Goals in the top five leagues are worth two points, while goals in lesser leagues carry less weight. So Lazio's Immobile basically has a two-goal lead over the injured Lewandowski and a six-goal lead over the cluster of Werner, Ronaldo and Haaland. Messi is eight goals back.

Immobile, 30, is an incredible comeback story. After scoring 22 goals for Torino in 2013-14, he signed with Dortmund but struggled. Loans to Sevilla and back to Torino weren't particularly fruitful either, but he resurrected his career at Lazio. He scored 29 goals in 2017-18 and will almost certainly top that this spring. But some awfully big names are on his trail.

8. Can Atalanta, Europe's most fun team, remain relevant?

Across Europe's top five leagues, the majority of the most prolific teams are also among the richest and most consistently successful: Bayern Munich (2.9 goals per league match), PSG (2.8), Borussia Dortmund (2.7), Manchester City (2.4), Barcelona (2.3), Liverpool (2.3). The second-most goals-heavy club in the game at the moment, however, is based in Bergamo, Italy, a city approximately the size of Topeka, Kansas.

Coached by Gian Piero Gasperini since 2016, Atalanta finished fourth in Serie A in his first season, then qualified for the Champions League for the first time last season when they finished third. They improbably advanced to the knockout rounds by securing seven points in their past three matches, and they went nuts, scoring four goals in both legs of their round of 16 win over Valencia. They have scored at least three goals on 11 occasions in Serie A play and at least five on five occasions. They're led in scoring by veteran Josip Iličić, but six players have scored at least seven goals.

Marcotti: Praise for Atalanta's throwback attack

They lean more heavily into a funky 3-4-1-2 formation than anyone else in Europe (Ligue 1's midtable Montpellier is the only other team that comes close), and they attack you from whatever angle you give them. They're also willing to risk disaster in the name of pursuing success -- they've given up at least 10 more goals than each of the three teams ahead of them in the Serie A table.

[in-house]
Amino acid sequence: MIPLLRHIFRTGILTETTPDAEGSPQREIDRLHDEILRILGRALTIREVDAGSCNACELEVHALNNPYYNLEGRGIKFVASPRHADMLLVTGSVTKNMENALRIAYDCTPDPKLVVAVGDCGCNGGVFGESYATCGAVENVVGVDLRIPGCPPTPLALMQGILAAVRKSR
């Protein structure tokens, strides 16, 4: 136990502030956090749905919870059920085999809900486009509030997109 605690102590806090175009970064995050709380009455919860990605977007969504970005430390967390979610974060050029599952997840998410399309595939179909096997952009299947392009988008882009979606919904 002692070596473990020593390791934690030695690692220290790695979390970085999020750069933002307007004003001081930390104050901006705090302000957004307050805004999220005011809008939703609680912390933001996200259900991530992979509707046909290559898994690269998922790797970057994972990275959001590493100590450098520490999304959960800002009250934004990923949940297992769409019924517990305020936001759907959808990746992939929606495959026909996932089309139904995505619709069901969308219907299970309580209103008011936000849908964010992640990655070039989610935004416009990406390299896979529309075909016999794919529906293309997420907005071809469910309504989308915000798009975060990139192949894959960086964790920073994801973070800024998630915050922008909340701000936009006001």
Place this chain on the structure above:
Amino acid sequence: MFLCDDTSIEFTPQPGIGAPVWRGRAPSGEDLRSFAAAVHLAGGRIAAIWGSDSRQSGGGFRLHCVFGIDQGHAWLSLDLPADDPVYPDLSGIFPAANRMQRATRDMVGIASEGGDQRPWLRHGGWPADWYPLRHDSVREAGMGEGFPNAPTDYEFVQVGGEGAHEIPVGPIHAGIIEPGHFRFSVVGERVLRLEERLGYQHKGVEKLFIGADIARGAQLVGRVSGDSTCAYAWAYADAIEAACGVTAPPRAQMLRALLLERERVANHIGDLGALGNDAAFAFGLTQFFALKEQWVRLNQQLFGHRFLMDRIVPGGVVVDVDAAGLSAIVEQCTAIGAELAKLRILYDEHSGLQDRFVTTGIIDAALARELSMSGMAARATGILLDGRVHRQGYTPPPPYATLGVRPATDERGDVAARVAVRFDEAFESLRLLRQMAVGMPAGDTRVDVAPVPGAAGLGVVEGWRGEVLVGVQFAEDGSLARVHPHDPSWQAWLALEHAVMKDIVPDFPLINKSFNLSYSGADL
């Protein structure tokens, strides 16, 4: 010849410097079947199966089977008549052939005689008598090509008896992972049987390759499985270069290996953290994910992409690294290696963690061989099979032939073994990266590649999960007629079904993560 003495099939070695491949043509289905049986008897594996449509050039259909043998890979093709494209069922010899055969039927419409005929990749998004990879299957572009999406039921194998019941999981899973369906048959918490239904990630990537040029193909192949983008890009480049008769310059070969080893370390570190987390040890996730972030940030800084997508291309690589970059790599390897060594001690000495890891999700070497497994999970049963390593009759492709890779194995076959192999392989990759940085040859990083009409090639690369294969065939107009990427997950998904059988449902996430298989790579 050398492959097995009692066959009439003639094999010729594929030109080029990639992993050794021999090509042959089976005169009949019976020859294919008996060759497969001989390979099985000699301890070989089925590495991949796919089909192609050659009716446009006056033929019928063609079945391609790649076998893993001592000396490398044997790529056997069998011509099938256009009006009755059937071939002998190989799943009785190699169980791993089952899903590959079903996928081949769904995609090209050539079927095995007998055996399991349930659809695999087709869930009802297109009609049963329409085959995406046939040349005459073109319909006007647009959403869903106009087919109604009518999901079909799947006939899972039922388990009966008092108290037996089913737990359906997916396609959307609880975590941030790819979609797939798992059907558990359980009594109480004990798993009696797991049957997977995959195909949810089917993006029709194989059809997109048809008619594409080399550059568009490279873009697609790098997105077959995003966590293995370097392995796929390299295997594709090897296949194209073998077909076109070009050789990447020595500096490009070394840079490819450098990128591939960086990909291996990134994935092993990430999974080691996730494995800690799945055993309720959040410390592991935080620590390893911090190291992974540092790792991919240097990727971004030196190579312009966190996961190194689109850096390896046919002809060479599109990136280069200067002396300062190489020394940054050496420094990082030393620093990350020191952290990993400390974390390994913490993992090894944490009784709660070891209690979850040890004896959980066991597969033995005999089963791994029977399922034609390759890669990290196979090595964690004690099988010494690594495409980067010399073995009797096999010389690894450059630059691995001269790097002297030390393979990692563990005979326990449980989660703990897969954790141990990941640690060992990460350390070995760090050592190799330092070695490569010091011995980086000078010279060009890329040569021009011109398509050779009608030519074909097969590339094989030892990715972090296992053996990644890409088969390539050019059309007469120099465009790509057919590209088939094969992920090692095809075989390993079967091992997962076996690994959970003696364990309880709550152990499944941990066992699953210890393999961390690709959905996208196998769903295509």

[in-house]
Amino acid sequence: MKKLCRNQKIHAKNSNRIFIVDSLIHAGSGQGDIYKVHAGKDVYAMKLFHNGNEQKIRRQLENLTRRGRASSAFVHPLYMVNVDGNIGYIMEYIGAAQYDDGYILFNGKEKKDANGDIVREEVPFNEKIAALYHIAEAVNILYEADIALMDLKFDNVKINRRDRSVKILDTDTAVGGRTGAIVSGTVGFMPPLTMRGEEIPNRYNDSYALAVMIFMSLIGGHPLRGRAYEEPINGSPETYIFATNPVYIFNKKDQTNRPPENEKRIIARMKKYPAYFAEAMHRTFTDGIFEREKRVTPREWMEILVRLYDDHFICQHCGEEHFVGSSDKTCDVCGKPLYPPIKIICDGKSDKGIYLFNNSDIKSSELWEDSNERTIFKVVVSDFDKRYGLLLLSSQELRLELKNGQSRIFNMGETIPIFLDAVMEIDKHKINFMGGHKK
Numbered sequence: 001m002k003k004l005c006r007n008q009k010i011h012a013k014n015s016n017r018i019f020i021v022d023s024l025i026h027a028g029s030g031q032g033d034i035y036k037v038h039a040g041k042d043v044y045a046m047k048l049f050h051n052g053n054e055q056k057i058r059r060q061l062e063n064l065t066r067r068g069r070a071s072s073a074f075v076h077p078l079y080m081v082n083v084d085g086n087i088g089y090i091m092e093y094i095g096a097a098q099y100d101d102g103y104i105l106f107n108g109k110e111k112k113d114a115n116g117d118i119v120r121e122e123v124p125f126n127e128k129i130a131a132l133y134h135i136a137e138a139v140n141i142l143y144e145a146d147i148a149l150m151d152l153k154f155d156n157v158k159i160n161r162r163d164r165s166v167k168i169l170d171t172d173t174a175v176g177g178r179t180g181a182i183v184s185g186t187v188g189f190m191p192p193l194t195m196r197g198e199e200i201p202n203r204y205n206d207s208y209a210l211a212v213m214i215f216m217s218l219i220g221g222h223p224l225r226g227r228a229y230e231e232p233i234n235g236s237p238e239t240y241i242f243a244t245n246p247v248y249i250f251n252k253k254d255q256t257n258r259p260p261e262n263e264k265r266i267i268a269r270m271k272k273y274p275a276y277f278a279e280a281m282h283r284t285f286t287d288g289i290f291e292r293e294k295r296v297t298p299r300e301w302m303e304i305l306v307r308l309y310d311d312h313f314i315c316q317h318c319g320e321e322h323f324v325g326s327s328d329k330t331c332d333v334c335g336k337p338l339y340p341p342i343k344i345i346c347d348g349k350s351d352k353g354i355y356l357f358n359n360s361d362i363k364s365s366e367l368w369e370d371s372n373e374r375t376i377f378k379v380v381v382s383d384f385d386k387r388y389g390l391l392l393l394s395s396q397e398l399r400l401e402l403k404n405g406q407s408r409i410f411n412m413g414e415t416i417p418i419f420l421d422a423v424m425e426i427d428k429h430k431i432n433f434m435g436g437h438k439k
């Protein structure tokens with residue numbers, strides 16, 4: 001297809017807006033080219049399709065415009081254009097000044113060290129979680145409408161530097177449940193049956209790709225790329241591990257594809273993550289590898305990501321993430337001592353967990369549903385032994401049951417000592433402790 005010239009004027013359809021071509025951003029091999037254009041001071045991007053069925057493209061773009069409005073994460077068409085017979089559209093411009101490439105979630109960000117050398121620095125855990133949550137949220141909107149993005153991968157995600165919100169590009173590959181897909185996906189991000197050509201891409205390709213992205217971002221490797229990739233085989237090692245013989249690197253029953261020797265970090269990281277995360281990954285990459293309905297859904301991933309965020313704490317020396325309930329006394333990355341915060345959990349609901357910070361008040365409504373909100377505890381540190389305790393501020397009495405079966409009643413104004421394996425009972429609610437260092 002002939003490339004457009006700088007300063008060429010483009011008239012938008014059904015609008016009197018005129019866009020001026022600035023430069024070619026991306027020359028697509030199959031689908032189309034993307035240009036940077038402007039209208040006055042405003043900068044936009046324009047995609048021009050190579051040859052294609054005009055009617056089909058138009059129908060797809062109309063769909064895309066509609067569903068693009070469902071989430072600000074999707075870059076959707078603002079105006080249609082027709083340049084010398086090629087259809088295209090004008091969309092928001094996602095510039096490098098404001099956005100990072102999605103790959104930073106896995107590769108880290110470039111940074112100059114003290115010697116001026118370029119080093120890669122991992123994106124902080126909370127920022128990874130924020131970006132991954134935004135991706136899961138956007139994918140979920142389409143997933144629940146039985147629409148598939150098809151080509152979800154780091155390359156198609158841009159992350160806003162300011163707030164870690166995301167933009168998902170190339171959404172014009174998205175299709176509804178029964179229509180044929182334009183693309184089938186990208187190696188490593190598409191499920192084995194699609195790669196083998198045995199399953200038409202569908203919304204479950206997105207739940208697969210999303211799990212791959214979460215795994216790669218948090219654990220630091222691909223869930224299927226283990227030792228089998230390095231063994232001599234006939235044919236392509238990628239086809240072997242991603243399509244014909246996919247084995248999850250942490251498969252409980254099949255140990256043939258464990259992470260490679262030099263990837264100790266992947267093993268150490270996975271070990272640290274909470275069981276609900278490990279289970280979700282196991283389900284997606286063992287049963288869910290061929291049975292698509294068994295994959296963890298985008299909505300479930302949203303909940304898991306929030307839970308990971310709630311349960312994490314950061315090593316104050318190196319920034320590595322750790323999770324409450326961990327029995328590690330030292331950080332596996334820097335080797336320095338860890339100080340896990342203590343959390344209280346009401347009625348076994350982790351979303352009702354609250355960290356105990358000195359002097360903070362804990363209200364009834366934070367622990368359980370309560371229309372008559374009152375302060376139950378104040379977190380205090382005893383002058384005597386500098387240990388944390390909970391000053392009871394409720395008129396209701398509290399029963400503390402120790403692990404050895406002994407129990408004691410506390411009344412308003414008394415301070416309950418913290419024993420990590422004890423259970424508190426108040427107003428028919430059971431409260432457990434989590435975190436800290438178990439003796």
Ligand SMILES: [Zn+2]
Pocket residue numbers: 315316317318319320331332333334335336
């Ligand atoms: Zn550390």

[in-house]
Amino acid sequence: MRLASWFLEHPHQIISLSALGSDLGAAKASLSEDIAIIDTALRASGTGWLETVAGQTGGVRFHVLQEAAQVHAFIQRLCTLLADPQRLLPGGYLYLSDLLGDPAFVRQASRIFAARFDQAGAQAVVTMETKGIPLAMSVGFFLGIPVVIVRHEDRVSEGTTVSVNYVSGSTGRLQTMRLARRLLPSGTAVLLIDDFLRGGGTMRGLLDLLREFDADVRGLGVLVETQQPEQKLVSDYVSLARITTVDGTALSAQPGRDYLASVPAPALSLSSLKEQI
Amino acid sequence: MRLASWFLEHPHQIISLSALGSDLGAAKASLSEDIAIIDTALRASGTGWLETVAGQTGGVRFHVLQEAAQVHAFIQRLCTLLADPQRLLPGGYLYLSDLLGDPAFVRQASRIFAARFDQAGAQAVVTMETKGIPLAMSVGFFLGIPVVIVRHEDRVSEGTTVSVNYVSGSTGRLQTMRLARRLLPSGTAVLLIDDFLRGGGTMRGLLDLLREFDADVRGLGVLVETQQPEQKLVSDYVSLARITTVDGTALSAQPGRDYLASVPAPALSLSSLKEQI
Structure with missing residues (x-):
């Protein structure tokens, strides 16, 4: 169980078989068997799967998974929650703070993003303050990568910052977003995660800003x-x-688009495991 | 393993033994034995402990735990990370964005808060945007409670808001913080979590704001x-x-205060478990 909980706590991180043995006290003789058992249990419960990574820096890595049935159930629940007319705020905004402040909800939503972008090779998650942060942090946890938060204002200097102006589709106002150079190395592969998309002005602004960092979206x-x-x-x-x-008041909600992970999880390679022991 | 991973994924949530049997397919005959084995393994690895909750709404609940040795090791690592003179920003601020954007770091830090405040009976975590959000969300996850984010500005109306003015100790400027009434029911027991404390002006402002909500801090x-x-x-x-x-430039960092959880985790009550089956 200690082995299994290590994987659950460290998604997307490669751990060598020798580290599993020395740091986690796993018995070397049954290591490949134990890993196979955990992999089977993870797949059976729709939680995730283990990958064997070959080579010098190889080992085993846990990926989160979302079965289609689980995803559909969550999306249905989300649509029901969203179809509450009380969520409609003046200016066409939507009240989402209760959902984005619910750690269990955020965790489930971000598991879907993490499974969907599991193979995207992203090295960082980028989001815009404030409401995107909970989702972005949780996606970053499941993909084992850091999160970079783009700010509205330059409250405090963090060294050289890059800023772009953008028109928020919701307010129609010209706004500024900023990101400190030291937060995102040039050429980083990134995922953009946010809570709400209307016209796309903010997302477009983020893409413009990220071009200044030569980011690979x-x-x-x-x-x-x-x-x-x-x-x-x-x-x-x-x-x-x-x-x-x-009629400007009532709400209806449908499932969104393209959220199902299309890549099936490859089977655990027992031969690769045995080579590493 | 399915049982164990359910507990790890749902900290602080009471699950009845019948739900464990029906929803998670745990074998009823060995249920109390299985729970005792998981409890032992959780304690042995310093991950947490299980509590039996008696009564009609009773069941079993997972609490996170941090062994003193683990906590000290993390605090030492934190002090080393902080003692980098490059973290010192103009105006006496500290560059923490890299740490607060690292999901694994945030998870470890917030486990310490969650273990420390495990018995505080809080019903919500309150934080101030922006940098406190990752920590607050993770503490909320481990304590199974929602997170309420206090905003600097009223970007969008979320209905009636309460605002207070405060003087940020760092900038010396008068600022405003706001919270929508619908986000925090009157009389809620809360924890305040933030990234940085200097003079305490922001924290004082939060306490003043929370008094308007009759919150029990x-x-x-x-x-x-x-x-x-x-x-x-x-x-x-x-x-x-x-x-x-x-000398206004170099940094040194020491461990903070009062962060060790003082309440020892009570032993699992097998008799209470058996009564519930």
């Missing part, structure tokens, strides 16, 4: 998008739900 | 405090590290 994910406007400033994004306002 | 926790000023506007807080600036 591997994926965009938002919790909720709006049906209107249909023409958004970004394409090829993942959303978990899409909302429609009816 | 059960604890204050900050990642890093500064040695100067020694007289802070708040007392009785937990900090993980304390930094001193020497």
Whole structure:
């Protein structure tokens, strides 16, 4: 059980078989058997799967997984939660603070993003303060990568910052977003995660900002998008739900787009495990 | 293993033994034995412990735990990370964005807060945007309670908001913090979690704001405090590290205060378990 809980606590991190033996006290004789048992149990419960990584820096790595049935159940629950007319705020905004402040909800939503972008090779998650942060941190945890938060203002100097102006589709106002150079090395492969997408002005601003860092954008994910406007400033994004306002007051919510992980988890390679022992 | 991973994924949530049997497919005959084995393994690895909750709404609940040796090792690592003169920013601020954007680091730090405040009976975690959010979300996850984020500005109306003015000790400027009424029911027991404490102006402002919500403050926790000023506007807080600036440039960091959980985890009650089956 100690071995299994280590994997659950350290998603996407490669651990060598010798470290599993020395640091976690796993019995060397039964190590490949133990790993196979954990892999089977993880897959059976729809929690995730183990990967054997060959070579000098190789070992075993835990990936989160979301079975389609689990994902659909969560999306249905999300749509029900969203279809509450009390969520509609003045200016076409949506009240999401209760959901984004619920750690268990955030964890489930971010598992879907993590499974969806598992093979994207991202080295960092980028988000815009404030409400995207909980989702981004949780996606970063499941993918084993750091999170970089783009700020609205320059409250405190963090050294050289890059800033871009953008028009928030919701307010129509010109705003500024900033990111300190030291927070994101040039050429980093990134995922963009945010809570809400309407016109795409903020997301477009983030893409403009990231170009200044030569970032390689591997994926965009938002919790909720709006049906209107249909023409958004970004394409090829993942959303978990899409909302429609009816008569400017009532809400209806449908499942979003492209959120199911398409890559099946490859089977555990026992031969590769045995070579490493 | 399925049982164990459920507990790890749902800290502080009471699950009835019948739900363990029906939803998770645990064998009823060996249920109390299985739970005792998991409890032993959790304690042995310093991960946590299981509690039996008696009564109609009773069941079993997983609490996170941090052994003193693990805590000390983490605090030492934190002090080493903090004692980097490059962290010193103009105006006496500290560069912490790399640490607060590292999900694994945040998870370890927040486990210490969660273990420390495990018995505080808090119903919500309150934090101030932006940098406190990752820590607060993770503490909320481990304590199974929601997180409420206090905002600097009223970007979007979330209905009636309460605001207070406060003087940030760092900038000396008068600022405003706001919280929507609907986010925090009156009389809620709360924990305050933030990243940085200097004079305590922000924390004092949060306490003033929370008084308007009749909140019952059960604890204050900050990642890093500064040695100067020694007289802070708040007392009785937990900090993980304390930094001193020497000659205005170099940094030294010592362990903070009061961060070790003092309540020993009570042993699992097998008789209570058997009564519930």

This is the Mike Leach Air Raid of European soccer. We must protect them and nurture the Nerazzurri at all costs. But they hold just a three-point lead over Roma for the fourth and final Serie A spot in the Champions League. FiveThirtyEight likes their chances, but they still have obvious work to do.

La Liga

9. Who wins the latest Barca-Real Madrid race?

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Atletico Madrid has earned at least 76 points in La Liga play for seven straight years. Valencia earned 77 in 2014-15, and Sevilla earned 76 that same season. This would have been a great time for one of these Spanish clubs (or any other, for that matter) to really have its act together -- after all, the bar's a lot lower than normal when it comes to the title race.

As things stand, Barcelona is two points up on Real Madrid in the La Liga lead, but they're only on pace for 81-82 points. No league champ has finished with under 85 points since 2007, and over the past five seasons, three runners-up have topped 90. (Atletico finished third with 88 in 2016.) No one is taking advantage of the lower bar, however. Atletico are suffering their worst offensive output in years and are on pace for just 63 points. Sevilla are on pace for 66. Valencia are stuck in seventh place. Valencia were run out of the Champions League by Atalanta while Barca (vs. Napoli) and, more likely, Real Madrid (vs. Manchester City) could be eliminated next week.

Atletico's Anfield heroics aside, this has not been the most memorable La Liga season, but it is evidently Barca vs. Real for the crown once more, and neither team seems willing or able to take control. Barca fired off four straight league wins to take the lead, then Real took it right back with a 2-0 win in El Clasico. Just a week later, Los Blancos lost 2-1 at 12th-place Real Betis and gave the lead right back to Barcelona.

FiveThirtyEight gives Barca a slight edge in the competition -- a 62% chance to Real Madrid's 38% -- but in terms of expected goals (XG), Real's XG difference of plus-26.8 to Barca's plus-19.6 suggests they've been the better team thus far. Flaws or no, these teams appear as evenly matched as ever and the race (if we get one) will probably come down to the wire.

10. Who else makes the UCL from La Liga?

Hey, if almost all of your league's heavyweights and light heavyweights are having semi-disappointing seasons at the same time, that at least makes for tight competition, right? With five teams within five points of third place -- Sevilla (47 points), Getafe (46), Atletico (45), Real Sociedad (43), Valencia (42) -- that should make for an awfully tight race for Spain's third and fourth Champions League spots.

According to FiveThirtyEight, Sevilla (69% chance of qualifying for the UCL) and Atletico (52%) have a bit of an edge over Getafe (43%) and Real Sociedad (28%), with Valencia (5%) and Villarreal (1% with 38 points) holding on for dear life.

Expected goals suggest that Atletico has been dramatically unlucky so far this year. Their plus-18.6 XGD is easily third best and barely behind that of Barca, but they were apparently saving up all of their good fortune to unload on Liverpool. But XGD agrees that they and Sevilla (plus-15.2) have the quality edge over Sociedad (plus-9.9), Getafe (plus-5.8), and a similarly unlucky Villarreal (plus-10.7). So maybe we already know the answer to this one. Then again, we thought we knew what was going to happen on Tuesday in Liverpool too.